Epidural Steroid Injections/Interlaminar Technique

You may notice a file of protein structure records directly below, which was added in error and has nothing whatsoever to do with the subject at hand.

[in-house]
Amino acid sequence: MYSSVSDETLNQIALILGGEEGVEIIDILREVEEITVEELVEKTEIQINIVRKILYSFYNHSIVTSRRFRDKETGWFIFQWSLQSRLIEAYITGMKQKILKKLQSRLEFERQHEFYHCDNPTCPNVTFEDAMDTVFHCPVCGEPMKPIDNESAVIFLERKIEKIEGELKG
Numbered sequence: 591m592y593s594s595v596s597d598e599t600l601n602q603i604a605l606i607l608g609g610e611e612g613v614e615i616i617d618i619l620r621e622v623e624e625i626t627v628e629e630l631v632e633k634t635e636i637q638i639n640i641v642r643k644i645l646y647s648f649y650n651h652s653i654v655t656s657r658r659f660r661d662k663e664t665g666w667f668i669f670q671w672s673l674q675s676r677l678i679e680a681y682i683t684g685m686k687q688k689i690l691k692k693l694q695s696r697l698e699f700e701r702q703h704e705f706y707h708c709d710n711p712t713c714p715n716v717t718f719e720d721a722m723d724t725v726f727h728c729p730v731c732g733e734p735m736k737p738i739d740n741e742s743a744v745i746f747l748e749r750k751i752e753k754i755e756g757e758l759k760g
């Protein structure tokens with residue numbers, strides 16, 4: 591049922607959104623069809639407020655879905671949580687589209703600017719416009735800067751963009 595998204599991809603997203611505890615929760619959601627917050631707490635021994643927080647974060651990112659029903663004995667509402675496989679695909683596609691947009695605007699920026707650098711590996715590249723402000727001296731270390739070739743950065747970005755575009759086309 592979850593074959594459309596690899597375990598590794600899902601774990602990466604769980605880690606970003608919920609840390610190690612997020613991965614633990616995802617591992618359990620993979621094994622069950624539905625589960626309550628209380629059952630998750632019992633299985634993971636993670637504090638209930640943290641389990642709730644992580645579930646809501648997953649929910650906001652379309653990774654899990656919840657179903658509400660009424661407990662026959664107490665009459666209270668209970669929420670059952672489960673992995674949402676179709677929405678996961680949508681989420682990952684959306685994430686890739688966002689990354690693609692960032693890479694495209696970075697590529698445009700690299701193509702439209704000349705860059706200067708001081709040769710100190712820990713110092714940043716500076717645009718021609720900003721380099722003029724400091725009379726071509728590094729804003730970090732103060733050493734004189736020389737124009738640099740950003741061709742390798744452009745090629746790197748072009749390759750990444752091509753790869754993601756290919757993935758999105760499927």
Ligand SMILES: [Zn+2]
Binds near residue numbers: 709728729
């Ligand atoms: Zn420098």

Epidural injections are typically done for people with radicular pain (i.e., neck/arm pain, or low back/leg pain). The epidural space is within the spinal canal and extends from the base of the skull to the sacrum. All the nerve roots course through the epidural space. Irritation of the nerve roots can be caused by degenerative disc disease, herniated or bulging disc, spinal stenosis, bone spurs, arthritis, or scar tissue from prior surgeries. After appropriate anesthetic (usually only subcutaneous local anesthetic), a needle is placed into the epidural space at the level of the problem between two vertebrae (interlaminar). Injection of 4-10 cc of a mixture of local anesthetic/steroid is then placed in the epidural space to bathe the nerve roots at not just one level but several levels. The local anesthetic quiets the nerves down while the steroid is to decrease the inflammation of the nerve roots. If an initial injection is helpful, typically a series of two to three injections is done.